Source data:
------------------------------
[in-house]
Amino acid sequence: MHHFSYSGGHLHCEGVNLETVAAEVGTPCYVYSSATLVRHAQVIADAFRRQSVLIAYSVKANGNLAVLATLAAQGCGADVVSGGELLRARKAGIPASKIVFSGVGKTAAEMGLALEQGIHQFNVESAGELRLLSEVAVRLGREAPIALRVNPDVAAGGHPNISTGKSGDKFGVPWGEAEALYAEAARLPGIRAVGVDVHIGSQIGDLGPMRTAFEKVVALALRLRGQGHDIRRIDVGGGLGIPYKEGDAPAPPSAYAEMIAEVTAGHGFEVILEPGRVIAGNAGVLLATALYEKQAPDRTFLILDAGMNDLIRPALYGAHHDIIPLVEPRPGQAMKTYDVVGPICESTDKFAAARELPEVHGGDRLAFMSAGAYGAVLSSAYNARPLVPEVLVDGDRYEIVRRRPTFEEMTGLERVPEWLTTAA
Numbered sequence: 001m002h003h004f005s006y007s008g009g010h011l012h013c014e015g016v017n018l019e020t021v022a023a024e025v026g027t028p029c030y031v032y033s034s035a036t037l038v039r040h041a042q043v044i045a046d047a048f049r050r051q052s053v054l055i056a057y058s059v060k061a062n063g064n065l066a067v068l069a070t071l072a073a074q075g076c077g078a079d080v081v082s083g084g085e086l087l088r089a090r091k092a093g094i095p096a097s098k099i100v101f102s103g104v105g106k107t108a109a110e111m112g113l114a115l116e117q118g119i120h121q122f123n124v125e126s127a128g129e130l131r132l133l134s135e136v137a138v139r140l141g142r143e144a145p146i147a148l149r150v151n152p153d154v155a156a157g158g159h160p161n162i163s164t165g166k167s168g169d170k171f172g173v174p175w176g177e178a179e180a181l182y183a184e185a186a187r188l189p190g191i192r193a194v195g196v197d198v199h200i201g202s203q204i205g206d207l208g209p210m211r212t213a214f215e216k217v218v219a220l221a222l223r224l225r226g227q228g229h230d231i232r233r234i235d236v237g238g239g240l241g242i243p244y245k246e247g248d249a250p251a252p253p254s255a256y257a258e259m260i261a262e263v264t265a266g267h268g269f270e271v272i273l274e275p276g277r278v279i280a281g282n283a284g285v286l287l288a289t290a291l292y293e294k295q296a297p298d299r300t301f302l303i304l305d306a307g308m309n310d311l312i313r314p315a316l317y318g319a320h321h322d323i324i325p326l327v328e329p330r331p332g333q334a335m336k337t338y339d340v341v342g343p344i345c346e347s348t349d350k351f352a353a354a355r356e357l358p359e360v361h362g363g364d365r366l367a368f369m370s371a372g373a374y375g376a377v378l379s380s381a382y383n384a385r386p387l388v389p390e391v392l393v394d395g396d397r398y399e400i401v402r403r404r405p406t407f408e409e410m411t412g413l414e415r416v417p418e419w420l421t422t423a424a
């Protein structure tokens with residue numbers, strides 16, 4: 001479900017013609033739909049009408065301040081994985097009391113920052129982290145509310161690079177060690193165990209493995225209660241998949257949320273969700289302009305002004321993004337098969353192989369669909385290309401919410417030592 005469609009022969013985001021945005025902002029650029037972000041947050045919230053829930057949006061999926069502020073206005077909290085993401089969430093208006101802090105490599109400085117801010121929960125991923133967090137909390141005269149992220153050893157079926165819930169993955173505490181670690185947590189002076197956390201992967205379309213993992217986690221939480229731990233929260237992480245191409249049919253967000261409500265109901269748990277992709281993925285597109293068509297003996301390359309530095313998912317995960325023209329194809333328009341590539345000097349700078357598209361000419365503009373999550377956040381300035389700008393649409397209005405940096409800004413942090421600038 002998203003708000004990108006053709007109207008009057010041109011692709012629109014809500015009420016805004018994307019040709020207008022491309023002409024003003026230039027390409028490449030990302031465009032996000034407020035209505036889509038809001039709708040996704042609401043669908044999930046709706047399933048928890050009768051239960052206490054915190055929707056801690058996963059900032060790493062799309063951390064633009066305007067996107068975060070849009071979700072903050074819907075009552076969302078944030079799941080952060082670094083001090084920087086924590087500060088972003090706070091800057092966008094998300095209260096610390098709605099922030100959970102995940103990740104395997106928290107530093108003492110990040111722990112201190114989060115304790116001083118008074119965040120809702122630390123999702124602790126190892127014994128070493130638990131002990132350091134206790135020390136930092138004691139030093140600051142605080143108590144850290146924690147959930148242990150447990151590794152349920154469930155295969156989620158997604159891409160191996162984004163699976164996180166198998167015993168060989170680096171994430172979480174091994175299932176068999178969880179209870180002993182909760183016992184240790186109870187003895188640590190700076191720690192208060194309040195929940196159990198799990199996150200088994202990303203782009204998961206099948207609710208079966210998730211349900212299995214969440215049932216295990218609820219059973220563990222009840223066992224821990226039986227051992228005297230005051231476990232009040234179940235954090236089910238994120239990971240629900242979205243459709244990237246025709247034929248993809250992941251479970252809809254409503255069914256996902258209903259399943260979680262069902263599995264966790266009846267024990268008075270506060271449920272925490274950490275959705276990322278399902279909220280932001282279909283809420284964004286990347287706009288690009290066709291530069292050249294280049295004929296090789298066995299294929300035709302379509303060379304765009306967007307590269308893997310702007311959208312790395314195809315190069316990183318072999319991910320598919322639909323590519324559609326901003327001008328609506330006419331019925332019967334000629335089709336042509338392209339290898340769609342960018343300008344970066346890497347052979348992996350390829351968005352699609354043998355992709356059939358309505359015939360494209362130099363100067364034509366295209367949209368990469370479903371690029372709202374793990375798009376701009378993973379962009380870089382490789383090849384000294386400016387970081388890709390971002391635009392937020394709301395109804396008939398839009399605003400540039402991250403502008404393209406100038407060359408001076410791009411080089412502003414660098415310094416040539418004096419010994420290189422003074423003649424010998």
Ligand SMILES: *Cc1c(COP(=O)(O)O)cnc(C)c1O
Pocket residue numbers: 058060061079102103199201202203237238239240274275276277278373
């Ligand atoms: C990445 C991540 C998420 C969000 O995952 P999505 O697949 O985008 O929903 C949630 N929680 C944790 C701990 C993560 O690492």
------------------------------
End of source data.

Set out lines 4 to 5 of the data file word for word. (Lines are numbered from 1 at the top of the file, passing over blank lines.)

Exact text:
């Protein structure tokens with residue numbers, strides 16, 4: 001479900017013609033739909049009408065301040081994985097009391113920052129982290145509310161690079177060690193165990209493995225209660241998949257949320273969700289302009305002004321993004337098969353192989369669909385290309401919410417030592 005469609009022969013985001021945005025902002029650029037972000041947050045919230053829930057949006061999926069502020073206005077909290085993401089969430093208006101802090105490599109400085117801010121929960125991923133967090137909390141005269149992220153050893157079926165819930169993955173505490181670690185947590189002076197956390201992967205379309213993992217986690221939480229731990233929260237992480245191409249049919253967000261409500265109901269748990277992709281993925285597109293068509297003996301390359309530095313998912317995960325023209329194809333328009341590539345000097349700078357598209361000419365503009373999550377956040381300035389700008393649409397209005405940096409800004413942090421600038 002998203003708000004990108006053709007109207008009057010041109011692709012629109014809500015009420016805004018994307019040709020207008022491309023002409024003003026230039027390409028490449030990302031465009032996000034407020035209505036889509038809001039709708040996704042609401043669908044999930046709706047399933048928890050009768051239960052206490054915190055929707056801690058996963059900032060790493062799309063951390064633009066305007067996107068975060070849009071979700072903050074819907075009552076969302078944030079799941080952060082670094083001090084920087086924590087500060088972003090706070091800057092966008094998300095209260096610390098709605099922030100959970102995940103990740104395997106928290107530093108003492110990040111722990112201190114989060115304790116001083118008074119965040120809702122630390123999702124602790126190892127014994128070493130638990131002990132350091134206790135020390136930092138004691139030093140600051142605080143108590144850290146924690147959930148242990150447990151590794152349920154469930155295969156989620158997604159891409160191996162984004163699976164996180166198998167015993168060989170680096171994430172979480174091994175299932176068999178969880179209870180002993182909760183016992184240790186109870187003895188640590190700076191720690192208060194309040195929940196159990198799990199996150200088994202990303203782009204998961206099948207609710208079966210998730211349900212299995214969440215049932216295990218609820219059973220563990222009840223066992224821990226039986227051992228005297230005051231476990232009040234179940235954090236089910238994120239990971240629900242979205243459709244990237246025709247034929248993809250992941251479970252809809254409503255069914256996902258209903259399943260979680262069902263599995264966790266009846267024990268008075270506060271449920272925490274950490275959705276990322278399902279909220280932001282279909283809420284964004286990347287706009288690009290066709291530069292050249294280049295004929296090789298066995299294929300035709302379509303060379304765009306967007307590269308893997310702007311959208312790395314195809315190069316990183318072999319991910320598919322639909323590519324559609326901003327001008328609506330006419331019925332019967334000629335089709336042509338392209339290898340769609342960018343300008344970066346890497347052979348992996350390829351968005352699609354043998355992709356059939358309505359015939360494209362130099363100067364034509366295209367949209368990469370479903371690029372709202374793990375798009376701009378993973379962009380870089382490789383090849384000294386400016387970081388890709390971002391635009392937020394709301395109804396008939398839009399605003400540039402991250403502008404393209406100038407060359408001076410791009411080089412502003414660098415310094416040539418004096419010994420290189422003074423003649424010998």
Ligand SMILES: *Cc1c(COP(=O)(O)O)cnc(C)c1O